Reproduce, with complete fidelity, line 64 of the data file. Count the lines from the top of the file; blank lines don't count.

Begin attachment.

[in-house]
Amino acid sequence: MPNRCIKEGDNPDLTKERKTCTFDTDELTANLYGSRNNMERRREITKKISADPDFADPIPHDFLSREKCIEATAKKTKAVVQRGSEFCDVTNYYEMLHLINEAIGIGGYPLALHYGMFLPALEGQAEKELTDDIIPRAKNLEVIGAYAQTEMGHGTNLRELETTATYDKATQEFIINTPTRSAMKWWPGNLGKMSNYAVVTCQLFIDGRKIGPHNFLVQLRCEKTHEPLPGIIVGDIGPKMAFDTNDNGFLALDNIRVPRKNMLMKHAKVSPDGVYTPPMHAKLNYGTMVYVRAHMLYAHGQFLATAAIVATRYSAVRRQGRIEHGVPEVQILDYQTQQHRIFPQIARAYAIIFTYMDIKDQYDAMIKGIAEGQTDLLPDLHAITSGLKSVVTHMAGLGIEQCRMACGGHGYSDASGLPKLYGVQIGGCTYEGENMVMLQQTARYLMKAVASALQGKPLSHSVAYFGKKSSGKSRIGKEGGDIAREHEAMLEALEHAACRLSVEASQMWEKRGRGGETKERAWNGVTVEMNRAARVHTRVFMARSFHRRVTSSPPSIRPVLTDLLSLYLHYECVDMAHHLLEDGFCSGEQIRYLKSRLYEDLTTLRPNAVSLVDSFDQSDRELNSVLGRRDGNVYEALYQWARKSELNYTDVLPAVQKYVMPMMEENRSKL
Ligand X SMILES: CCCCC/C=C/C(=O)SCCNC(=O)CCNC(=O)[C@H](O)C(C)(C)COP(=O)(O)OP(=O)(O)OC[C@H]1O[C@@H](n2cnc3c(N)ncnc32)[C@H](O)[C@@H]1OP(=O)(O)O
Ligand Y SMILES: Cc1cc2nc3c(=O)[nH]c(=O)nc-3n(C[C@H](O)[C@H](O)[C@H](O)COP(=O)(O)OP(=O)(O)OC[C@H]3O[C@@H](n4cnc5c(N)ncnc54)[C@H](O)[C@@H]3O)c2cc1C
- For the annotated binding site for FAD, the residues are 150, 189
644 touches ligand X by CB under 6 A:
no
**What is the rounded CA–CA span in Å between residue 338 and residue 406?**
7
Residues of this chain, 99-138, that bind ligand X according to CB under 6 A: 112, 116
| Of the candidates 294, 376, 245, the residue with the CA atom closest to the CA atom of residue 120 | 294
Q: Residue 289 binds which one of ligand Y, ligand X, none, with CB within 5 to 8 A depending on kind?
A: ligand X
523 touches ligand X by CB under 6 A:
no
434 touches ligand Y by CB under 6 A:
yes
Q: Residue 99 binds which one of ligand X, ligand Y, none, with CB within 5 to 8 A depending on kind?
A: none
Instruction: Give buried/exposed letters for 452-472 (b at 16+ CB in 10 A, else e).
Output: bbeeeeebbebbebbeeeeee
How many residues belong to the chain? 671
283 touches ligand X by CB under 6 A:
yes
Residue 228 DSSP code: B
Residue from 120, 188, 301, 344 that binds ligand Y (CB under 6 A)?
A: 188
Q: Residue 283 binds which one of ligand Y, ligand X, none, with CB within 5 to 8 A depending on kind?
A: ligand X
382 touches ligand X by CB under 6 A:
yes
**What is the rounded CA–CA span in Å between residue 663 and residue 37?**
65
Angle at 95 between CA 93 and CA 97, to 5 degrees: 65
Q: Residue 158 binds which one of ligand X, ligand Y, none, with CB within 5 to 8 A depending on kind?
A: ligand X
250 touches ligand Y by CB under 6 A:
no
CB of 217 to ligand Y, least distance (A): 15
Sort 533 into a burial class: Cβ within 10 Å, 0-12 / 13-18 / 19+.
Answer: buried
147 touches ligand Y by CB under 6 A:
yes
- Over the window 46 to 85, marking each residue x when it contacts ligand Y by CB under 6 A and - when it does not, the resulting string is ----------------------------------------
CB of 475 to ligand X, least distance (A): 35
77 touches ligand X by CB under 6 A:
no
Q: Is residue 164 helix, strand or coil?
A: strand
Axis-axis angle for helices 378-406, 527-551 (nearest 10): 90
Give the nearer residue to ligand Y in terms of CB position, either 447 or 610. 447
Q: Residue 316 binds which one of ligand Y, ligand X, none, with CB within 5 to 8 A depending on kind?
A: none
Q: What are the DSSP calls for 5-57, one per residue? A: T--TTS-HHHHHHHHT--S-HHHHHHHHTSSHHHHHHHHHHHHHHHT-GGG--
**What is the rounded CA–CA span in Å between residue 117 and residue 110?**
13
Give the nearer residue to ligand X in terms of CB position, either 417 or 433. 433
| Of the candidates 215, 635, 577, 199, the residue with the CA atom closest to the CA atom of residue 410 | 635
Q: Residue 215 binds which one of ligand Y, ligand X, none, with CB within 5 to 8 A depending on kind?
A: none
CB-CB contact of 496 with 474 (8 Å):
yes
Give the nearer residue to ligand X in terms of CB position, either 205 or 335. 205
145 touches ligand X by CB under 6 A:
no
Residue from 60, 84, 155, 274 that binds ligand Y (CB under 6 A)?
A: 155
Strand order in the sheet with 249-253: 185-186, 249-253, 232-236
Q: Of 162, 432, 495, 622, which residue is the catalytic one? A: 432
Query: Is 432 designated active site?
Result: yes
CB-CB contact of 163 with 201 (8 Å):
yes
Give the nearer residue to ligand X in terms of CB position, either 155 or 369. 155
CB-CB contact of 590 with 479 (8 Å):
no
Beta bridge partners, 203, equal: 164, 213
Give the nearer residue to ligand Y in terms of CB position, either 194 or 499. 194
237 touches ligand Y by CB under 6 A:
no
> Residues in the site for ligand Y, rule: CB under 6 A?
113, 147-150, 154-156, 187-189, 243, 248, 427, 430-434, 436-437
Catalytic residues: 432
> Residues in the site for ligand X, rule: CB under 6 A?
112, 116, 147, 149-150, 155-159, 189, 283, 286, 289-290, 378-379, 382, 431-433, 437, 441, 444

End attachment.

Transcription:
145 touches ligand X by CB under 6 A: